Senate Bill 1 as approved by the Senate Education Committee June 7
On Monday, June 7, the Senate Education Committee approved Senate Bill 1, (Sen. Martin, R-Lancaster), a charter school reform proposal that also contains an automatic Education Improvement Tax Credit (EITC) program funding escalator. Although the bill contains provisions which increase charter school transparency and accountability, it does not provide funding reform and as originally introduced would have created a statewide charter authorizing commission that removes local control at district and taxpayer expense. PSBA is opposed to the bill.
Key areas of concern with Senate Bill 1 are that it removed local control from the charter school authorizing process, did not address the critical need for charter funding reform, and created an automatic escalator to the Education Improvement Tax Credit (EITC) program which will shift precious resources away from the majority of students in the commonwealth.
- The most significant flaw is the creation of a new statewide authorizing commission, allowing charter school to make an end run around local taxpayer control and diminishing any chance to ensure that charter schools are accountable and responsive to their local communities.
- As long as taxpayer dollars are taken from school district subsidies to fund charter schools, local control is essential. The statewide authorizer proposed in Senate Bill 1 undermines Pennsylvania’s long-standing tradition of local control. Creating a system that allows charter schools to shop for the authorizer with the least oversight and to transfer oversight away from their local school board essentially silences the voice of the school district and taxpayers footing the ever-increasing bill.
- Senate Bill 1 does not address the critical need for charter funding reform. It does not include any financial reform of the charter school tuition calculation that would provide needed relief to school districts that are over-paying millions of dollars in charter school tuition costs. In 2019-20, school districts in total spent nearly $2.2 billion in charter school tuition payments.
- The bill also dramatically expands the state’s two education tax credit programs. The proposal would take the current programs which cost $185 million for EITC and $55 million for the Opportunity Scholarship Tax Credit (OSTC) and grow them to a combined $1 billion in five years, $3 billion in 10 years and $8.5 billion annually in 15 years by including an automatic annual 25% increase escalator.
Senate Bill 1 as amended by the Senate Education Committee June 15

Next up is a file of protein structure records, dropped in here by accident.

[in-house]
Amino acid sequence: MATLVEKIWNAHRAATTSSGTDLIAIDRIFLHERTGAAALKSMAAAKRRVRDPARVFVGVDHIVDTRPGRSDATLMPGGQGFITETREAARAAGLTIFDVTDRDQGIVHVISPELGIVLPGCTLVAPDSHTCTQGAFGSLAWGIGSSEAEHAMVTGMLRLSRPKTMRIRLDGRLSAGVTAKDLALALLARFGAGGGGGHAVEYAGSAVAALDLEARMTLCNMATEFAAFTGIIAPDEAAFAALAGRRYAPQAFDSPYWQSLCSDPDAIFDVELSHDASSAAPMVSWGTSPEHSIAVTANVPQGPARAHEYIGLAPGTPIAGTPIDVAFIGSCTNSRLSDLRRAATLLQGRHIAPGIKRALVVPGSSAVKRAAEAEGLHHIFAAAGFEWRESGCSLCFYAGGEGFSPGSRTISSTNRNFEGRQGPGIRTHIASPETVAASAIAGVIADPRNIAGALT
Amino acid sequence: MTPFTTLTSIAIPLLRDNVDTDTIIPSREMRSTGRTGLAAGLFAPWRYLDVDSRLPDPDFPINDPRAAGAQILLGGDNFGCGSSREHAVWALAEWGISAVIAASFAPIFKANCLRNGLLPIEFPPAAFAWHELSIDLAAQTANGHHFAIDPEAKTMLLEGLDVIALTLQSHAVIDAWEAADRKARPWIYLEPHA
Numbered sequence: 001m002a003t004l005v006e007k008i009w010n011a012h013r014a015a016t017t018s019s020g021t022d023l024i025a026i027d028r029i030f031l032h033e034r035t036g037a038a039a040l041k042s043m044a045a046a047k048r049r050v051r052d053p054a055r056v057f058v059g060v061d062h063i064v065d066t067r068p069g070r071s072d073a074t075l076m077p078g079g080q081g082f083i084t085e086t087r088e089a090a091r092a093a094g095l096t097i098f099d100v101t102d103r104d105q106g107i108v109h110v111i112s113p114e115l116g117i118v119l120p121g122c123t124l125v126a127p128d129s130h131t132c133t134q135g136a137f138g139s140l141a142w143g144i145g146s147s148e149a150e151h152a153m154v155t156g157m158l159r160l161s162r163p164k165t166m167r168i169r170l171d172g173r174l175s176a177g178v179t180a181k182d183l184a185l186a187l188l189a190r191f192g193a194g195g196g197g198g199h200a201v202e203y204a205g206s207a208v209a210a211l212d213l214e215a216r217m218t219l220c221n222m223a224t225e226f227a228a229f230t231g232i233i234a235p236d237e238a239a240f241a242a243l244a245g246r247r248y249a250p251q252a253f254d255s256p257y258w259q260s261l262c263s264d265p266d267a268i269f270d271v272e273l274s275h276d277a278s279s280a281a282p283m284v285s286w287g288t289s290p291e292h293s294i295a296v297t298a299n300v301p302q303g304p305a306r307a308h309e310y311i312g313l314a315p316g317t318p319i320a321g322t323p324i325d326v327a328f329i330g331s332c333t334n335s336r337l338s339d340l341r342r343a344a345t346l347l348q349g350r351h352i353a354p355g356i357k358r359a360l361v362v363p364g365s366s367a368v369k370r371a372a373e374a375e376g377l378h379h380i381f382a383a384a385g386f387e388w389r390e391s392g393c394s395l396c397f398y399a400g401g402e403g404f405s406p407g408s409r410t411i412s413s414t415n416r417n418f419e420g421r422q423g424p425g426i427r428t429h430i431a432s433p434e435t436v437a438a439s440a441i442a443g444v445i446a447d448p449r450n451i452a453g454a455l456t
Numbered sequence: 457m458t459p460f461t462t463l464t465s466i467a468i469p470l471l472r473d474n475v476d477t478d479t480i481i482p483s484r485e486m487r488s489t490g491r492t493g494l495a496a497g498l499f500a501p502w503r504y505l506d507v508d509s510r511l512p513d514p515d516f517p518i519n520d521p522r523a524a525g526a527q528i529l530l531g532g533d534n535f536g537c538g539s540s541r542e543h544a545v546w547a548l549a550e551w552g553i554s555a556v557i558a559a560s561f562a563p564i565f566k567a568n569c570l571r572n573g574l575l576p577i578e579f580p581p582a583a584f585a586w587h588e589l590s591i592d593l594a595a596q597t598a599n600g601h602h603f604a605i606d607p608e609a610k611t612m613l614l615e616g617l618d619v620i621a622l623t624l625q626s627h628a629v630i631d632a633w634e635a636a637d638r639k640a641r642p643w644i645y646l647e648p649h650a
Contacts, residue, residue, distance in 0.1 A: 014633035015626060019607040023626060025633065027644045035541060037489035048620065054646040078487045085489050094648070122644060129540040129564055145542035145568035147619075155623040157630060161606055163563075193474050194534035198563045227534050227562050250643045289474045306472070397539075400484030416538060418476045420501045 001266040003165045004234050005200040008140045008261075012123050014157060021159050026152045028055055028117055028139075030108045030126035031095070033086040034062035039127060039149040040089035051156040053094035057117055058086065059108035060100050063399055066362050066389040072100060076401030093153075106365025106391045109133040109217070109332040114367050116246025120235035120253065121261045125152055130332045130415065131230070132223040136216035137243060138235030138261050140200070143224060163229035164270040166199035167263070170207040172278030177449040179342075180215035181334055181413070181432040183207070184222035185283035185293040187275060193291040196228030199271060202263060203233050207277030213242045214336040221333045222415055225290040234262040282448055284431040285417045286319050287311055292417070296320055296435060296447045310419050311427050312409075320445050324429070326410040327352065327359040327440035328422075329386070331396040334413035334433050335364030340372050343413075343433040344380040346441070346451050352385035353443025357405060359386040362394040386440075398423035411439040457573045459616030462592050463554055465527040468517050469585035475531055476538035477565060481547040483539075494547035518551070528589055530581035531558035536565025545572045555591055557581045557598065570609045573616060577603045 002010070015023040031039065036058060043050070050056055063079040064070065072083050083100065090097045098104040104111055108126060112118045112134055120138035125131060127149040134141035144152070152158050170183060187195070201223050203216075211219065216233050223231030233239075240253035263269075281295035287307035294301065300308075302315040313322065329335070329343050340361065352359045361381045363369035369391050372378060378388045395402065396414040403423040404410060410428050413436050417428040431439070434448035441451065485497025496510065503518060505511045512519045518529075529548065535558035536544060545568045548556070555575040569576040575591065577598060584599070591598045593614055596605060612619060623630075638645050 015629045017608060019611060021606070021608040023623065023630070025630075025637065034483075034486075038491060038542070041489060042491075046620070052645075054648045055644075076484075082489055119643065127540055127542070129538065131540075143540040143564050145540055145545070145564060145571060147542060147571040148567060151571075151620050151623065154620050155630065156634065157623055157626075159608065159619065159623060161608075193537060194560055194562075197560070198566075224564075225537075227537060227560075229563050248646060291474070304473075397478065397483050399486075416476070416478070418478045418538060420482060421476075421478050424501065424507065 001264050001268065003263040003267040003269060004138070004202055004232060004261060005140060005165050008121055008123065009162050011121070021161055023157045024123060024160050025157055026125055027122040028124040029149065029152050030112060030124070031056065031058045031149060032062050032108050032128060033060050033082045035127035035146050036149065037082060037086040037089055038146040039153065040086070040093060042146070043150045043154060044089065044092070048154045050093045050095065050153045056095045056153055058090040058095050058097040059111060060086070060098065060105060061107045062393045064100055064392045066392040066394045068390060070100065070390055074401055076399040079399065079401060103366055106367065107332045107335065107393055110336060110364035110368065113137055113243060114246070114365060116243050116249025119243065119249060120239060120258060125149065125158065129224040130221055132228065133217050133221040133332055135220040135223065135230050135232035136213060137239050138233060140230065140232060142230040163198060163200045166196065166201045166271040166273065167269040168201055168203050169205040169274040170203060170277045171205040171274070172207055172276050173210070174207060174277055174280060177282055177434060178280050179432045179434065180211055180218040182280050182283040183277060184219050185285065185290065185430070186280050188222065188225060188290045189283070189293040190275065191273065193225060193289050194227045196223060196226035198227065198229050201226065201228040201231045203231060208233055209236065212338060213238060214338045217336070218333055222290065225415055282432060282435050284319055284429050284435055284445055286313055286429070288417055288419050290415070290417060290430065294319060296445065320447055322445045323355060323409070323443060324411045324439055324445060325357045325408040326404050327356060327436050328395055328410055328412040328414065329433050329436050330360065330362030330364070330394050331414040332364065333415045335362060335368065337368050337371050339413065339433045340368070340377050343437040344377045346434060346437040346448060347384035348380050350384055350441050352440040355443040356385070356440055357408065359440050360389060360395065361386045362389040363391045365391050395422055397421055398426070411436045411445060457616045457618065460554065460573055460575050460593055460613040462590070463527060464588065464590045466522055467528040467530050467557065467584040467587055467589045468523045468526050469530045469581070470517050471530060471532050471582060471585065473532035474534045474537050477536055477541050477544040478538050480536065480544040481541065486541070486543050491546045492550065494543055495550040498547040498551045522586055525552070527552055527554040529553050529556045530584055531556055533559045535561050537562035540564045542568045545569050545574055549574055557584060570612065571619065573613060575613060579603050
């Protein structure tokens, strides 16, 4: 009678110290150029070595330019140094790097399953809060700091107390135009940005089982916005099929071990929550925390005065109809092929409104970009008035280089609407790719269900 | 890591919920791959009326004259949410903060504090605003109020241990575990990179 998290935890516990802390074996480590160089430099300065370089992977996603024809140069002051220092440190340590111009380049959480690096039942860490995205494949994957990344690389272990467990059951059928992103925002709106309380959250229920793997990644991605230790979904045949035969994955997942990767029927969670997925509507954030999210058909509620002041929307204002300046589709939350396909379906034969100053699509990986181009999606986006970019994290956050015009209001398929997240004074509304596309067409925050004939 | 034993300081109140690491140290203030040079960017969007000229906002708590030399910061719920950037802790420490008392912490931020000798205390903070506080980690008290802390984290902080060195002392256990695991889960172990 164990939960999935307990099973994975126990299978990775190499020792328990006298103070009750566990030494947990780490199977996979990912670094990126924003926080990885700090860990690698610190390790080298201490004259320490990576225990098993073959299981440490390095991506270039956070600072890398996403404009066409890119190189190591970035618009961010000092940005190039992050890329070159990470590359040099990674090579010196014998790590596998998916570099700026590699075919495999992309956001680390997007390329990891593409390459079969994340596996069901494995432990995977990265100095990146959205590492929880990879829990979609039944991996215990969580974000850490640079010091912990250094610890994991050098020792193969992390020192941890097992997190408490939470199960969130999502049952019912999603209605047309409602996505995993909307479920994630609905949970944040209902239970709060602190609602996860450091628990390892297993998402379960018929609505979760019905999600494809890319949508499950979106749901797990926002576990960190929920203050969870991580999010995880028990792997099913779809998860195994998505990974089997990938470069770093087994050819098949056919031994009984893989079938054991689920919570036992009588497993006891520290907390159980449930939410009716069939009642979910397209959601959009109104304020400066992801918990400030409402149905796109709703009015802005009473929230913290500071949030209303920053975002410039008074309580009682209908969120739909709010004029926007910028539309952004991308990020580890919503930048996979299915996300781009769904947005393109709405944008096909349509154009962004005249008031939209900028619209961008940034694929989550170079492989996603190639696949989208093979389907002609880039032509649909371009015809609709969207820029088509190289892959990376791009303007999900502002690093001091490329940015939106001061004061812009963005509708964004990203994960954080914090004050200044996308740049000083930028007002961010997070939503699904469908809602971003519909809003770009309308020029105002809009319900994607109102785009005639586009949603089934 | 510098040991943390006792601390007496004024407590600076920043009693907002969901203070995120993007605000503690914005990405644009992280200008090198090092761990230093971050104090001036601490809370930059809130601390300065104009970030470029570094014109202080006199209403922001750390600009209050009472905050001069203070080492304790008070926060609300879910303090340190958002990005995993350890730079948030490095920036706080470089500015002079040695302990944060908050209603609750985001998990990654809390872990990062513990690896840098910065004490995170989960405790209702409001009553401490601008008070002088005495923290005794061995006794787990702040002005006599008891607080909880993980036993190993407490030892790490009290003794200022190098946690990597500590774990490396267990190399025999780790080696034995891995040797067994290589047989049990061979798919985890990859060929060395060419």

Following the Senate Education Committee’s action to approve Senate Bill 1, the Senate was crushed with letters and phone calls from public school advocates opposing the bill. As it became increasingly clear that there were not enough votes to pass the bill on the Senate floor, the strategy was to amend it to provide minimal changes thought necessary to get the measure passed.
In an attempt to make charter provisions under Senate Bill 1 more palatable, the measure was returned to the Senate Education Committee where it was amended to remove provisions related to the statewide charter authorizing commission and create minimal cyber charter school savings for school districts. However, because the bill does not address funding reform in a meaningful way and fails to remove the existing provision in the bill related to an automatic escalator for the Educational Improvement Tax Credit (EITC) and Opportunity Scholarship Tax Credit (OSTC) programs, PSBA remains opposed.
The amendment to Senate Bill 1:
- Removes the establishment of the Public Charter School Commission that would have authorized the creation of charter schools.
- Adds a minimal, phased-in adjustment to the payments made by school districts to cyber charter schools. School district tuition rates for cyber charter students would be adjusted as follows:
- For the 2021-22 school year, for each nonspecial education student enrolled, subtract $250 from the amount and, for each special education student enrolled, subtract $500 from the amount.
- For the 2022-23 school year, for each nonspecial education student enrolled, subtract $500 from the amount and, for each special education student enrolled, subtract $1,000 from the amount.